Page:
Here, Respondents represented to the Supreme Court in February 2017 that the ICE Directive "remains in full force and effect." Supplemental Reply Brief for Petitioners, at 6 n.2, Jennings v. Rodriguez, No. 15-1204 (brief filed Feb. 21, 2017). In their briefing submitted in Jennings, Respondents touted the ICE Directive as a reason for their position that bond hearings are not required for asylum-seekers detained under 8 U.S.C. § 1225(b). Id. at 5-6. Respondents told the Supreme Court that "the existing framework provides more than sufficient process" and stated that the ICE Directive "provides for notice to the alien, an interview, the opportunity to respond and present evidence, a custody determination ... supervisory review, and further parole consideration based upon changed circumstances or new evidence." Id. at 6-7. Respondents cannot now contend in this Court that the ICE Directive does not affect the rights of individuals. Plainly, the ICE Directive affects the rights of individuals. As a result, Petitioners' contention that Respondents have failed to comply with the procedures set forth in the ICE Directive when making discretionary decisions concerning parole states a valid claim for habeas corpus relief.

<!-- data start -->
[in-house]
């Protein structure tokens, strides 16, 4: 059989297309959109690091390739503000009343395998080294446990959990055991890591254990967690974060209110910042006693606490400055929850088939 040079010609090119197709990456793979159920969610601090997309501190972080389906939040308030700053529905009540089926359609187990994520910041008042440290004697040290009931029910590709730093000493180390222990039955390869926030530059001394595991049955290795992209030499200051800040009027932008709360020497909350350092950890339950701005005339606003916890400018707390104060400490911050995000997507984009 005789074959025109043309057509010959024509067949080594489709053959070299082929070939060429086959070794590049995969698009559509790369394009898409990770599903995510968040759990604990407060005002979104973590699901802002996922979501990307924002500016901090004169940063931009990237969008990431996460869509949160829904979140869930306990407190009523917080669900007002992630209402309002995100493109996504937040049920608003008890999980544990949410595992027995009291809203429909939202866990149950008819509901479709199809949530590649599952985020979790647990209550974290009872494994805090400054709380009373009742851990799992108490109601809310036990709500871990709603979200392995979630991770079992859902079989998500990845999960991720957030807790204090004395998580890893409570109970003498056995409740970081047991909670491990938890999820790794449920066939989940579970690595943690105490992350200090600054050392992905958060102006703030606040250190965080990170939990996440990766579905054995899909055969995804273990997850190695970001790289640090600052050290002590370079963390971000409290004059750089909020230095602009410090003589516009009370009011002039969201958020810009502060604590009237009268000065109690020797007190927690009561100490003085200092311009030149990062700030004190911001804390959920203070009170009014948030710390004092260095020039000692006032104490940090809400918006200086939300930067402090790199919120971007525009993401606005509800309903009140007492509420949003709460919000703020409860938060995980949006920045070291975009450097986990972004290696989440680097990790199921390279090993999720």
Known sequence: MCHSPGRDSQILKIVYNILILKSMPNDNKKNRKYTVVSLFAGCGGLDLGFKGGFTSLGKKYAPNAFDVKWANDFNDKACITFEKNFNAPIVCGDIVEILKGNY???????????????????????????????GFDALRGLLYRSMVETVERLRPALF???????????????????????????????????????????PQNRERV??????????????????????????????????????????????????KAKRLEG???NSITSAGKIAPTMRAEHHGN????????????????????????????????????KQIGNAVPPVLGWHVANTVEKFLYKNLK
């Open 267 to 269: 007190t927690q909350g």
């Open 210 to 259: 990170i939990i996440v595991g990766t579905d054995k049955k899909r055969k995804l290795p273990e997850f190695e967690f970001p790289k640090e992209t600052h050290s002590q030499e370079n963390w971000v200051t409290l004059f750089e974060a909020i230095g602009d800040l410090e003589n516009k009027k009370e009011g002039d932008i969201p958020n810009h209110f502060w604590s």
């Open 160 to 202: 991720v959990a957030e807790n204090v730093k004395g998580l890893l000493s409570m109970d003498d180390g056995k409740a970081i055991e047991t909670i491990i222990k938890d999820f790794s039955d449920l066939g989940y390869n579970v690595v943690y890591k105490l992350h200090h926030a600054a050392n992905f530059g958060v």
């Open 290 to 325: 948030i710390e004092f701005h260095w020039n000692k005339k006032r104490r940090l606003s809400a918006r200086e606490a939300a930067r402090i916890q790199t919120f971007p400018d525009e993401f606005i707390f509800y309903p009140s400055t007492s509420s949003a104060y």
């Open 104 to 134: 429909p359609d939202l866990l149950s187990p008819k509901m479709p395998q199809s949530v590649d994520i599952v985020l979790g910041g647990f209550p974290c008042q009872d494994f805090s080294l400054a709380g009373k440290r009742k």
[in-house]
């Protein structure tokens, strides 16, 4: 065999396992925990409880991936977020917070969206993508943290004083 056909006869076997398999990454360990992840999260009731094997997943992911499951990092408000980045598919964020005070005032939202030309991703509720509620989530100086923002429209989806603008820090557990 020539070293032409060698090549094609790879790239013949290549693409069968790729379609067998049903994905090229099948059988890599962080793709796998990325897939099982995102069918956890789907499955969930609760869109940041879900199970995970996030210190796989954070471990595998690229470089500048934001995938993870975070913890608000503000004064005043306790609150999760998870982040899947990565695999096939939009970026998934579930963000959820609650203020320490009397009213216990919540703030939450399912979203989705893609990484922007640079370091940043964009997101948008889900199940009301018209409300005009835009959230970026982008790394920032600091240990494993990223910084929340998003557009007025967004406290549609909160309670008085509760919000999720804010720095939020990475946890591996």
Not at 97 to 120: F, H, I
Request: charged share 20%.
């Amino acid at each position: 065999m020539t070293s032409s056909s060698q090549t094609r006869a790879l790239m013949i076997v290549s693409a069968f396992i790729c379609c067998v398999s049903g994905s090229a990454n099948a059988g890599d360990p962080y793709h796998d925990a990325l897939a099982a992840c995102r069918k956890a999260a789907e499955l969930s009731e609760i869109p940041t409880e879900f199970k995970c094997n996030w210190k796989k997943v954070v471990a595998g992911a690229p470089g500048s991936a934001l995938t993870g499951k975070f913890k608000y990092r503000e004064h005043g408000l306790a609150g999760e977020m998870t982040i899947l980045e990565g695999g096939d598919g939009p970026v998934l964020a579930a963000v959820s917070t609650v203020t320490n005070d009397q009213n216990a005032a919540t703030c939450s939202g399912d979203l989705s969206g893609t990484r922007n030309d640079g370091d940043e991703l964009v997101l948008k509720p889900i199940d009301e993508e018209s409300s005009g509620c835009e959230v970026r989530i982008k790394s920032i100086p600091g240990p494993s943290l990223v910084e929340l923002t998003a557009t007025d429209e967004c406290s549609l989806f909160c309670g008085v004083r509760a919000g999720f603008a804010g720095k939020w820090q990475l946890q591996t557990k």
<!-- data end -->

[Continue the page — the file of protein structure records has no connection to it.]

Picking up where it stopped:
2. Bond ...